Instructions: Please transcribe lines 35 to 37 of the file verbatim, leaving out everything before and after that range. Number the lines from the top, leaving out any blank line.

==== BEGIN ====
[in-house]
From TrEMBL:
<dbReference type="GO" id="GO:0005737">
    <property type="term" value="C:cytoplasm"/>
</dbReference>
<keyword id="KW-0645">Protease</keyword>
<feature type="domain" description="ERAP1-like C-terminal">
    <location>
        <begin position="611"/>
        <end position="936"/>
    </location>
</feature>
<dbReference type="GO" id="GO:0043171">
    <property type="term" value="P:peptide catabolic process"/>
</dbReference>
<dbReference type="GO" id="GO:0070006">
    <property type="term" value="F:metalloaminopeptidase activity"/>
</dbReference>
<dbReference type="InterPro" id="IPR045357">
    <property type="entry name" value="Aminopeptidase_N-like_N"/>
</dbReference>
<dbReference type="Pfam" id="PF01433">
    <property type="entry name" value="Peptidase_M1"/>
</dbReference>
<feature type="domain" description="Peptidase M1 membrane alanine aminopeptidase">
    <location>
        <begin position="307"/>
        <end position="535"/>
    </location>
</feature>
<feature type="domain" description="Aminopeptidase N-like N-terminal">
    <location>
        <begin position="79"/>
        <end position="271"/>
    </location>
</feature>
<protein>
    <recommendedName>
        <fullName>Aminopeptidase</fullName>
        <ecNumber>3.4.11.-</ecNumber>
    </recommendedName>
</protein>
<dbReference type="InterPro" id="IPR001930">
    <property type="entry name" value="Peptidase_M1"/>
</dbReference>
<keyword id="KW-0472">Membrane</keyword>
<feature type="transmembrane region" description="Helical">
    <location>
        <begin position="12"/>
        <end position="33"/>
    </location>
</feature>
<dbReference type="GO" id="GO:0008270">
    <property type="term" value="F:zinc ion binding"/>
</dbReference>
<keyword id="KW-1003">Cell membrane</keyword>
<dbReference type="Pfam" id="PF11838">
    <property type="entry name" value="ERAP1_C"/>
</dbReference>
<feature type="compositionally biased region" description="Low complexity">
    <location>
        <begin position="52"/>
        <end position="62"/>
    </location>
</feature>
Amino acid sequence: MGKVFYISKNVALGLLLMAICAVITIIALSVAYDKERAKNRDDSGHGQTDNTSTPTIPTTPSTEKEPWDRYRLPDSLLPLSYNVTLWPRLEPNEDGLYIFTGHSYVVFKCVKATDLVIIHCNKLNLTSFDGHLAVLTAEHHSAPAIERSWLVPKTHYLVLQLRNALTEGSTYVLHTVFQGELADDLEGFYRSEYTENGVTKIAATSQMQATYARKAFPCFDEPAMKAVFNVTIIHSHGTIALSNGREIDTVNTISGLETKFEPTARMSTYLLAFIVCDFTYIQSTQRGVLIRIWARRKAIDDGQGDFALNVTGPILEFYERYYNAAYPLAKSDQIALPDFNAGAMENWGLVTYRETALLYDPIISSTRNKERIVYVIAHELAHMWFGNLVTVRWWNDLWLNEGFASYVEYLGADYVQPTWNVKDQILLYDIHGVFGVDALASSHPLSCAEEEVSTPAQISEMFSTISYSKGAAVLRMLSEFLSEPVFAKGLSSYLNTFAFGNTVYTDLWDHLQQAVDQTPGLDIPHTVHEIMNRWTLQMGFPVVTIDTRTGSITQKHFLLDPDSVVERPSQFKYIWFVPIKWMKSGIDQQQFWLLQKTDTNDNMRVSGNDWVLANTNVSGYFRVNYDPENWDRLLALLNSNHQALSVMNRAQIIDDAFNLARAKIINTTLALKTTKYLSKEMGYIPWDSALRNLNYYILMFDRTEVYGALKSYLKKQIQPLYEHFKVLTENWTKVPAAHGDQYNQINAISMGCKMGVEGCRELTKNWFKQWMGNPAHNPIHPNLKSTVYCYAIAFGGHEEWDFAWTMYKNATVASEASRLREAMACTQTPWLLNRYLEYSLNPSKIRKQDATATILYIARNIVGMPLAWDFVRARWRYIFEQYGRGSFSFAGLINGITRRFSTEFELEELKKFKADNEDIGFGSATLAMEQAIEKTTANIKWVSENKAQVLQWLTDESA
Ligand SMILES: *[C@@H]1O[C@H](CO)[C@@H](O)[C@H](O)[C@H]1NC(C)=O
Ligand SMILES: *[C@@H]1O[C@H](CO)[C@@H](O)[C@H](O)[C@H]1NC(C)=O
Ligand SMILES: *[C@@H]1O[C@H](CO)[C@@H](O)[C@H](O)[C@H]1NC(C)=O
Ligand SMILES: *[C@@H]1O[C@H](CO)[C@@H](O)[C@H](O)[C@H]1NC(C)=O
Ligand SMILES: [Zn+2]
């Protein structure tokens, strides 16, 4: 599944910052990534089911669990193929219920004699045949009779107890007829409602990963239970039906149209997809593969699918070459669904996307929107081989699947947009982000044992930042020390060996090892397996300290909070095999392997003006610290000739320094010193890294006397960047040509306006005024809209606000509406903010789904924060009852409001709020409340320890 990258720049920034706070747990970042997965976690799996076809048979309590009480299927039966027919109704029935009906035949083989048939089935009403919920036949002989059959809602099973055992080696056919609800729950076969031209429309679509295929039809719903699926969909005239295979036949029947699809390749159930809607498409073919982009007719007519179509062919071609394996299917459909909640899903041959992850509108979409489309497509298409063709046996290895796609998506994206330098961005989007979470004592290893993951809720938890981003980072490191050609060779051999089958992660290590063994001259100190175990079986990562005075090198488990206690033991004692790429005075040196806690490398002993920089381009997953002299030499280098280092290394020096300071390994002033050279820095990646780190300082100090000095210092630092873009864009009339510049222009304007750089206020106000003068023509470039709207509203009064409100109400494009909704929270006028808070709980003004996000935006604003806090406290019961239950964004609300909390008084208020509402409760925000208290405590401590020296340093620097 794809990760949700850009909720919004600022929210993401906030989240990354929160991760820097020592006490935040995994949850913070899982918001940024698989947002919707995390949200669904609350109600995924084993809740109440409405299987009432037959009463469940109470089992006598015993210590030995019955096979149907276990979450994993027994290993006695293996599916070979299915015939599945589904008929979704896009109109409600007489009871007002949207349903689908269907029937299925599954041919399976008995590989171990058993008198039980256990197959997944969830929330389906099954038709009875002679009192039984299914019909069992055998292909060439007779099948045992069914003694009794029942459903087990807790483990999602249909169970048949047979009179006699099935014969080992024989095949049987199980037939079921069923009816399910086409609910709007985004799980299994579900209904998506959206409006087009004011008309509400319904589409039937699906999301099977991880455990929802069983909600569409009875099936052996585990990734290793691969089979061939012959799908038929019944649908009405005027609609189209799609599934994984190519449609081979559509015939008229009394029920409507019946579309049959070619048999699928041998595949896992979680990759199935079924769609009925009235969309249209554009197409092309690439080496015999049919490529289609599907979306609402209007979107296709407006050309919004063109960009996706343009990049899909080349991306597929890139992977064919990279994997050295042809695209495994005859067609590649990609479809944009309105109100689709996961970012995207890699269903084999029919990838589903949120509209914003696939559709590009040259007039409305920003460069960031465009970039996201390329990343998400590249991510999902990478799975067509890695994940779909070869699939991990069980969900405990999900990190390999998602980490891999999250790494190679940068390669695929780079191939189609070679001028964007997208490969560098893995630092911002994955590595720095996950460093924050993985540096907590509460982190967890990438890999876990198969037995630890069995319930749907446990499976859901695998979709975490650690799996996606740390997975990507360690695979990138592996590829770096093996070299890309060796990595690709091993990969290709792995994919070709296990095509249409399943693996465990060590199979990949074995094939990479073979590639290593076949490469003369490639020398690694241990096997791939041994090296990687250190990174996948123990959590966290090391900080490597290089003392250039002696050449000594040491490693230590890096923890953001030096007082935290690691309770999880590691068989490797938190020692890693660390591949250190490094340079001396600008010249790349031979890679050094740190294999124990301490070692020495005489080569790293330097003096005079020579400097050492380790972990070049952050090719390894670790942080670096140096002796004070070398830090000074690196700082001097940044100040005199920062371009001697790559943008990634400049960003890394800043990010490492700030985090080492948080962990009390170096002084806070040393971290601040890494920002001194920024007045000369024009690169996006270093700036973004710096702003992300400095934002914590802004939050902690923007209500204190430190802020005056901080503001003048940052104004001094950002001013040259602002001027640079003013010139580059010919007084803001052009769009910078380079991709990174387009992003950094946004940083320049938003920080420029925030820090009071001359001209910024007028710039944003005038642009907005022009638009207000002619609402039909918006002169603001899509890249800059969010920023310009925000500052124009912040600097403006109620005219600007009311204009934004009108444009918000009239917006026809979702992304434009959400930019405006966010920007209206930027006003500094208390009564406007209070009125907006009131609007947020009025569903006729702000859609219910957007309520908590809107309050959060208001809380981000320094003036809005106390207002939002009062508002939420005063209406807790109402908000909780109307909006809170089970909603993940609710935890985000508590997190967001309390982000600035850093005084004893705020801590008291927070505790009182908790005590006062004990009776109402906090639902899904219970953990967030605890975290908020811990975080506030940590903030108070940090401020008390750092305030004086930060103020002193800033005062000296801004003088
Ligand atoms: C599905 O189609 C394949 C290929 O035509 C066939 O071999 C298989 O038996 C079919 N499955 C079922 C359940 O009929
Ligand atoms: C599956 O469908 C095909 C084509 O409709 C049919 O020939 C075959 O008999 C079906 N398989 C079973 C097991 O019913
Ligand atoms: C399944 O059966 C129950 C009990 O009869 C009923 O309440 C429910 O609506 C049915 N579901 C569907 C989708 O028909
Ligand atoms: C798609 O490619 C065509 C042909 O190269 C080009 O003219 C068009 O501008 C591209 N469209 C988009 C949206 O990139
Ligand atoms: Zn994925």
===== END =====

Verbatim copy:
    </location>
</feature>
<protein>